EXIT: MUSIC continues to forge ahead on the festival path. After a screening at the Miami Jewish Film Festival on January 18, we are thrilled that the Ted Rogers HotDocs Cinema in Toronto will be screening the film for a second time from February 10-16, 2017. The film will then move on to the Boca Raton Jewish Film Festival in March. If you happen to be flying Air Canada during the month of February, all domestic flights will be showing the film as part of their in-flight entertainment. Check back here for future announcements, including news about the Australian premiere!
Chamberworks by Paul Ben-Haim reviewed on FonoForum
GISELHER SCHUBERT, FONOFORUM
Paul Ben-Haim, who was born Paul Frankenburger in Munich in 1897, emigrated to Israel in 1933 and died in Tel Aviv in 1984, was one of Israel’s most prolific and influential composers and composition teachers. Trained at Munich's Academy of Music, his musical beginnings belong to a late Romantic category of Brahmsian provenance.
The noteworthy piano quartet op. 4 (1921) harks back to these beginnings; following a performance in 1932, it was only heard again in 2012 thanks to the ARC Ensemble's absolutely immaculate recording. Ben-Haim's methodical, consistent and original expansion of Brahms' idiom, and his simultaneous attempt to leave it behind by integrating as many different types of music as possible into the context of traditional forms, is astonishing. In this way, the music of this piano quartet seems to develop while also leaving an imaginary musical centre, but without shattering or breaking up into disconnected parts. Admittedly, the piece is held together by the intense musical conviction of Canada's ARC ensemble, which mainly plays music by suppressed or politically persecuted composers. Their exemplary commitment is all the more convincing given that the musicians prove to be excellent and stylistically confident soloists who maintain a balance between the accuracy that chamber music requires and the more expansive momentum of a concert.
Also recorded is Ben-Haim's “Improvisation and Dance” op. 30, composed for Zino Francescatti, who also popularized this delightful work. With music such as this, composed by Ben-Haim in Israel, his creative ideas rise to a new level. Hebrew music is among the musical styles he now takes up, which is unobtrusively amalgamated into his compositions.
Ben-Haim’s clarinet quintet op. 31a, is certainly one of his major works; it still recalls Brahms, but its tone is now completely Hebraic, investing the music with a very special atmosphere of melancholy and sad restraint, which in this exquisite recording by the ARC Ensemble – clarinetist Joaquin Valdepeñas deserves special praise – appears like a cloudy November day. The work deserves to be included in the general repertoire and provides a welcome alternative to the clarinet quintets of Mozart and Brahms.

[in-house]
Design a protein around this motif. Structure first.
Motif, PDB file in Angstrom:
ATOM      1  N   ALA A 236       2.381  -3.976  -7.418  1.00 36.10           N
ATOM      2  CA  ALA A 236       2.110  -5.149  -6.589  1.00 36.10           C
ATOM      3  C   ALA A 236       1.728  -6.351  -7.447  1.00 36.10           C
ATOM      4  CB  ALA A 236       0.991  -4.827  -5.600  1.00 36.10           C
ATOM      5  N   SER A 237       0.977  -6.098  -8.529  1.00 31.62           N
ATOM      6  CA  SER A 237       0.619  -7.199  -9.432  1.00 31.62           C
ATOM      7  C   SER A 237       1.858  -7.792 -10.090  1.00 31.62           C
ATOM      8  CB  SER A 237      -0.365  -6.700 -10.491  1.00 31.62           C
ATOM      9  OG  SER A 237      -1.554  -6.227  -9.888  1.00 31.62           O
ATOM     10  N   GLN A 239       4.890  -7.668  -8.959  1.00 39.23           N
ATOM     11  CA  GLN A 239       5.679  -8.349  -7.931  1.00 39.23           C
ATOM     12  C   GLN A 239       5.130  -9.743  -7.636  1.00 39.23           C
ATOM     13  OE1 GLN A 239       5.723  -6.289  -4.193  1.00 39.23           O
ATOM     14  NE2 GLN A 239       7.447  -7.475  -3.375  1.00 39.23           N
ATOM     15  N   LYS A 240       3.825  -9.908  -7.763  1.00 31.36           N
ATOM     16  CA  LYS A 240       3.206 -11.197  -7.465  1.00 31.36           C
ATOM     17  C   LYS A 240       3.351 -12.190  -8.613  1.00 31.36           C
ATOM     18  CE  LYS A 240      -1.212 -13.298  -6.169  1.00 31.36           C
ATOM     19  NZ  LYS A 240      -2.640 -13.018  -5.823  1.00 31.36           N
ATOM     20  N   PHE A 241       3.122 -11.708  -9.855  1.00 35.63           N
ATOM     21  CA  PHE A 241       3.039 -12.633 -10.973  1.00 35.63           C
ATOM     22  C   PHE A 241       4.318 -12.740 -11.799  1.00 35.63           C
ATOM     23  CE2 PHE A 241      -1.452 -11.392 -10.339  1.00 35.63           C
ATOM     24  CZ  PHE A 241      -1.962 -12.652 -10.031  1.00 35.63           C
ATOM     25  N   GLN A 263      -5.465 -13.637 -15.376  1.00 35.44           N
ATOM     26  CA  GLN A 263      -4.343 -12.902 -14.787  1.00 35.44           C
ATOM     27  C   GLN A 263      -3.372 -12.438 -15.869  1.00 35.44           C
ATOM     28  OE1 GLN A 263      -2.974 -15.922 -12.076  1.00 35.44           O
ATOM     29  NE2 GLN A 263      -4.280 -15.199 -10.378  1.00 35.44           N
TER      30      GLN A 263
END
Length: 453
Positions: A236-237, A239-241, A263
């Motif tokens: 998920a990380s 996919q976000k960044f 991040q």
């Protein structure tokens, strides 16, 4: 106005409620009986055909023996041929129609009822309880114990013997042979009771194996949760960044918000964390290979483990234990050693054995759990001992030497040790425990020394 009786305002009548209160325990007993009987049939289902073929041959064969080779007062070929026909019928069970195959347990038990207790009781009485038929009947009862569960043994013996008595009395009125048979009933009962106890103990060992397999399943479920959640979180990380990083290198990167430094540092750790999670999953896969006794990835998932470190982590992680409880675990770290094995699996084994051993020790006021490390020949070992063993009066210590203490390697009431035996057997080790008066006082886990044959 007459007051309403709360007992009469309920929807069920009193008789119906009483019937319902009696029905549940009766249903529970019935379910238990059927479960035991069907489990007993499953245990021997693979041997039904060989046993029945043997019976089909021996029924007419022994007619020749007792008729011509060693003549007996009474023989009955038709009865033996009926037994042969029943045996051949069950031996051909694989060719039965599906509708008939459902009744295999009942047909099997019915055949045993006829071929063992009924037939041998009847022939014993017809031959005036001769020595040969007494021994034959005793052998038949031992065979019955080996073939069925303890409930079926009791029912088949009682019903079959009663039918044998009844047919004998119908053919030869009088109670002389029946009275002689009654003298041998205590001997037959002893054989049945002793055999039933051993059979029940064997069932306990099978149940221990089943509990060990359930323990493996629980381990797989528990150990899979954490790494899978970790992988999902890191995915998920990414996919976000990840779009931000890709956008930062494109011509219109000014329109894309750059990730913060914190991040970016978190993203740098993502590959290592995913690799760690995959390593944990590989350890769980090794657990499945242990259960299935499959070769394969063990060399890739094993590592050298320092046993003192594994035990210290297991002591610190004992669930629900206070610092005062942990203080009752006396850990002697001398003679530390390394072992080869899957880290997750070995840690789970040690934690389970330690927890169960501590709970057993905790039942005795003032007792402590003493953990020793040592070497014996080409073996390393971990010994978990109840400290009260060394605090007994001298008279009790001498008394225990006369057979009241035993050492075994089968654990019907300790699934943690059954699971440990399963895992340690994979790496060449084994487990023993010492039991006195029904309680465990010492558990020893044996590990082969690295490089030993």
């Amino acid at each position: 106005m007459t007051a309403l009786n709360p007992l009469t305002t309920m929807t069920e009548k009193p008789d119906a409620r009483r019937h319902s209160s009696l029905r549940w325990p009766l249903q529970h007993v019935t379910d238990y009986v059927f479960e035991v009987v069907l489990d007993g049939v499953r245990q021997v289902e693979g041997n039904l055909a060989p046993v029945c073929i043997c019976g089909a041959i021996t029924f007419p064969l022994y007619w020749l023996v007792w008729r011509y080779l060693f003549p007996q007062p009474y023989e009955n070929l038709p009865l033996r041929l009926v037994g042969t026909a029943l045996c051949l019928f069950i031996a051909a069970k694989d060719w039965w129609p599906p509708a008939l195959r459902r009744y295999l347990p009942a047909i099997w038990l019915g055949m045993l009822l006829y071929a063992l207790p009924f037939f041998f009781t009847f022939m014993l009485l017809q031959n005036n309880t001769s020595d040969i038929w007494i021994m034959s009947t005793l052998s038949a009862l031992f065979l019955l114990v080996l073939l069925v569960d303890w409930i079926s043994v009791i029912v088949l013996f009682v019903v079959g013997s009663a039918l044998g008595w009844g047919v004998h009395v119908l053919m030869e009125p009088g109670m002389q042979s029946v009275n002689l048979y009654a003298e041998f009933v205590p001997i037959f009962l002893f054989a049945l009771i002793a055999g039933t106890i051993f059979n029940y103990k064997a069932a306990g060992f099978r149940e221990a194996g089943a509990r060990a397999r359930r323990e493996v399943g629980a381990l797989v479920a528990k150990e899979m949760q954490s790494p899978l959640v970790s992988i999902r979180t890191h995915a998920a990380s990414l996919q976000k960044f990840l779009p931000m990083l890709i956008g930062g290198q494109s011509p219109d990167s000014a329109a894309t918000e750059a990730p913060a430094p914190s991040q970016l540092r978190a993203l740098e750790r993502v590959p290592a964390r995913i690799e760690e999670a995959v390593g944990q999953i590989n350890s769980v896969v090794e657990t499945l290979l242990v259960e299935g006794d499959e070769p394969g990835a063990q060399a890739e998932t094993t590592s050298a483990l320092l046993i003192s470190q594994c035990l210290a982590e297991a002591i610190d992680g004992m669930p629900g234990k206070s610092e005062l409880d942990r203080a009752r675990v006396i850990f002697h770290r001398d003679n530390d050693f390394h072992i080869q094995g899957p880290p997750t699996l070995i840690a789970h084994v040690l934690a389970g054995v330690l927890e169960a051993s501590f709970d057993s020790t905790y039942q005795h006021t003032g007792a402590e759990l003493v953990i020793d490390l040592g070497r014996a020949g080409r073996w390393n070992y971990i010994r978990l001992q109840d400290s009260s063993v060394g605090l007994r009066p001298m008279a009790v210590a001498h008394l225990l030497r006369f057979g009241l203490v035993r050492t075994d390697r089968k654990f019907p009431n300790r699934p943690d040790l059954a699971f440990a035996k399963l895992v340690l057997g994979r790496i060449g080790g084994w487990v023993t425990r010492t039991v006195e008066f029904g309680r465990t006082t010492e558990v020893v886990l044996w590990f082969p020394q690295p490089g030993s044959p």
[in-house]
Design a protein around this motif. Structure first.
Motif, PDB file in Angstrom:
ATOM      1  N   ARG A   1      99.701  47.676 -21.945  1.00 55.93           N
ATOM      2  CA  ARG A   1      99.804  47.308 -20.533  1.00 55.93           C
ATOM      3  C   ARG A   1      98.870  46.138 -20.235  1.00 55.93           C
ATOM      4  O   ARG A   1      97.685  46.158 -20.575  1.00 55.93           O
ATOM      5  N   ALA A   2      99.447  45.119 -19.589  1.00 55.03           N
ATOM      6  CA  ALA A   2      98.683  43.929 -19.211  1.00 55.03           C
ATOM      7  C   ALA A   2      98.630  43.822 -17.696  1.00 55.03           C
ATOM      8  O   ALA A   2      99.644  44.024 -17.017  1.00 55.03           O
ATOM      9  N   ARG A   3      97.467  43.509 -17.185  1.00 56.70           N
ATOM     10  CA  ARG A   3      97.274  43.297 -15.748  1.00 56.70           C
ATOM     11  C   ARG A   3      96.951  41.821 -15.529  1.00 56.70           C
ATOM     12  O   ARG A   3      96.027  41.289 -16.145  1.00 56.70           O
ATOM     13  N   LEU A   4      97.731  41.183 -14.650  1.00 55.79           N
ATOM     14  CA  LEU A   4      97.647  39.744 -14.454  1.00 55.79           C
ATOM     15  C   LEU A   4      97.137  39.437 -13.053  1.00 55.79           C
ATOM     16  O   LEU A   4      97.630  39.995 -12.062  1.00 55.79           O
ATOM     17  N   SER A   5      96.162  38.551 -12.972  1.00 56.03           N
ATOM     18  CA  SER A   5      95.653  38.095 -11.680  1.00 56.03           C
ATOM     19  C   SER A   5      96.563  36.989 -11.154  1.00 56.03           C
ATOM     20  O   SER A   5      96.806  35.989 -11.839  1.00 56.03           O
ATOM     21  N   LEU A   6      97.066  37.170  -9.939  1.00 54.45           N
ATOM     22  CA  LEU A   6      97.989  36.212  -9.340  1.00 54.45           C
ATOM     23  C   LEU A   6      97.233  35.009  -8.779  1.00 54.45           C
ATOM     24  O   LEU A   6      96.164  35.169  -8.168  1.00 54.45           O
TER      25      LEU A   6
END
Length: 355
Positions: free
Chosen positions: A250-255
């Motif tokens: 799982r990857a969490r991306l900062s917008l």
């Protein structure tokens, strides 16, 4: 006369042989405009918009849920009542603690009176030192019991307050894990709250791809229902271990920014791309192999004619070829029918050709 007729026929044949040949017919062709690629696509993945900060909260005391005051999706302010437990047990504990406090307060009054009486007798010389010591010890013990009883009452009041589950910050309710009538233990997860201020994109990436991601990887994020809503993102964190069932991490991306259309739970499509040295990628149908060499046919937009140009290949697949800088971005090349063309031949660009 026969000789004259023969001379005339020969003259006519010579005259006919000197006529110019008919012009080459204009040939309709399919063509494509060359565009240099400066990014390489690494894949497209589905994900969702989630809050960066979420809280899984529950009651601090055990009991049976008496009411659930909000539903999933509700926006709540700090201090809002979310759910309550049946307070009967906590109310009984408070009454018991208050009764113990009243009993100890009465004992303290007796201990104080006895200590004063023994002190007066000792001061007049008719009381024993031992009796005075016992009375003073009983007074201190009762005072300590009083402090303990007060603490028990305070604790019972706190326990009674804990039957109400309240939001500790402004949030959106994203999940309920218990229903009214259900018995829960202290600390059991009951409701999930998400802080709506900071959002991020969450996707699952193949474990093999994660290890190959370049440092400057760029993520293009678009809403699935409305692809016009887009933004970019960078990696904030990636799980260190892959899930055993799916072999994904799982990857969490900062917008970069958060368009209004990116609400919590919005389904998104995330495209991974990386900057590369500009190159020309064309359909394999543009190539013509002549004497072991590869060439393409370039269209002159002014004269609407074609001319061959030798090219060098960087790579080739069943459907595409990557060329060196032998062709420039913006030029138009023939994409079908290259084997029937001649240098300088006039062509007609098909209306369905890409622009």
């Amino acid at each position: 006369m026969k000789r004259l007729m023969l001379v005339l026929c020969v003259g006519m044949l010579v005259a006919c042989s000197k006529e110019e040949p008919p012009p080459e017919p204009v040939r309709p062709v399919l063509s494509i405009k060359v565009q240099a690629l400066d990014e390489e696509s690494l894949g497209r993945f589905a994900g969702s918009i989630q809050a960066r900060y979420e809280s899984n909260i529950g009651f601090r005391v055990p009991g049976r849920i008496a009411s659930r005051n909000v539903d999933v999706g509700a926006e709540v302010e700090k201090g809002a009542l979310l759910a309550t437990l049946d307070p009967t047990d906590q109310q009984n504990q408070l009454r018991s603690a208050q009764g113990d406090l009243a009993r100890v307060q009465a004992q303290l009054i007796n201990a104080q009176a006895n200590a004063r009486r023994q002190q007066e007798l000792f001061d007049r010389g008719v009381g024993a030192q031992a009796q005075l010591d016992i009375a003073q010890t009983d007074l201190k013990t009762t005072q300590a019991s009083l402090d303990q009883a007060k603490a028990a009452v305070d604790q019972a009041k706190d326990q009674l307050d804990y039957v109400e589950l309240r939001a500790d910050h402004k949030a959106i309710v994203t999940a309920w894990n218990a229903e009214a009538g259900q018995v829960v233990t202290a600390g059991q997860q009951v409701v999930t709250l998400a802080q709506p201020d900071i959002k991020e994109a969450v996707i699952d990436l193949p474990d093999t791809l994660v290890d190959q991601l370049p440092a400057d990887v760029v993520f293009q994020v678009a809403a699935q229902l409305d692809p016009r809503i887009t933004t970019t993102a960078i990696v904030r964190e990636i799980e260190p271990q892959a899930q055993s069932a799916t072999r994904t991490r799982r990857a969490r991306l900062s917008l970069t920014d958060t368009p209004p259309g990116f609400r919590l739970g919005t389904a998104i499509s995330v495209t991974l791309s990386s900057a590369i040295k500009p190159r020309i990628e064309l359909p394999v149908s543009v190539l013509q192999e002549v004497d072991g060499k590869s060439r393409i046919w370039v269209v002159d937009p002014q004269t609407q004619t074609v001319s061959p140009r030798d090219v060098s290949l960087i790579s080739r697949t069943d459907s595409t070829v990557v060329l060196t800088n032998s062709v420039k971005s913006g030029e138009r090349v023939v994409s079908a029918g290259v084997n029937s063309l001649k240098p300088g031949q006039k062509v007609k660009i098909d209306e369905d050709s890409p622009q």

As the ARC Ensemble moves into its 10th anniversary season, we have begun to look back at our archives. Among our past series are two concerts of English music composed between the wars which we presented under the title "A Green and Pleasant Land." These performances, which included poetry of the period read by R.H. Thompson, were broadcast by CBC Radio 2, and later packaged for NPR affiliates with introductions by the ARC Ensemble's Artistic Director, SImon Wynberg.
"...expertly played by members of the eight-strong ARC Ensemble." – Fionna Maddocks, The Guardian July 21, 2013
"The recording is finely balanced, matching these committed and illuminating performances." – Edward Bhesania, The Strad August 28, 2013
"The ARC Ensemble arrived from Canada to offer rare repertory at Wigmore Hall [and] gave a beautifully performed programme of chamber works by Jewish composers undermined by Nazism: a ﬂuent Clarinet Sonata by Mieczyslaw Weinberg, a vigorous Piano Quintet on Polish tunes by Szymon Laks, Paul Ben-Haim's big-boned, late-Romantic Piano Quartet in C minor, and, most memorable, an unﬁnished D minor violin sonata movement by the teenage Mendelssohn (Hider had it in for him, too), completed by the pianist David Louie, who played it with Benjamin Bowman. The composer's magical ﬂeetness was in evidence, and other inspirations besides!" – Paul Driver, The Sunday Times (London) March 17, 2013
"Weinberg, a friend and follower of Shostakovich, died in partial obscurity in 1996, but his music is undergoing something of a revival… As a point of departure, I would recommend a superb disc of Weinberg's Clarinet Sonata, "Jewish Songs" and Piano Quintet, with members of the Arc Ensemble." – Alex Ross, The New Yorker Blog, August 29, 2011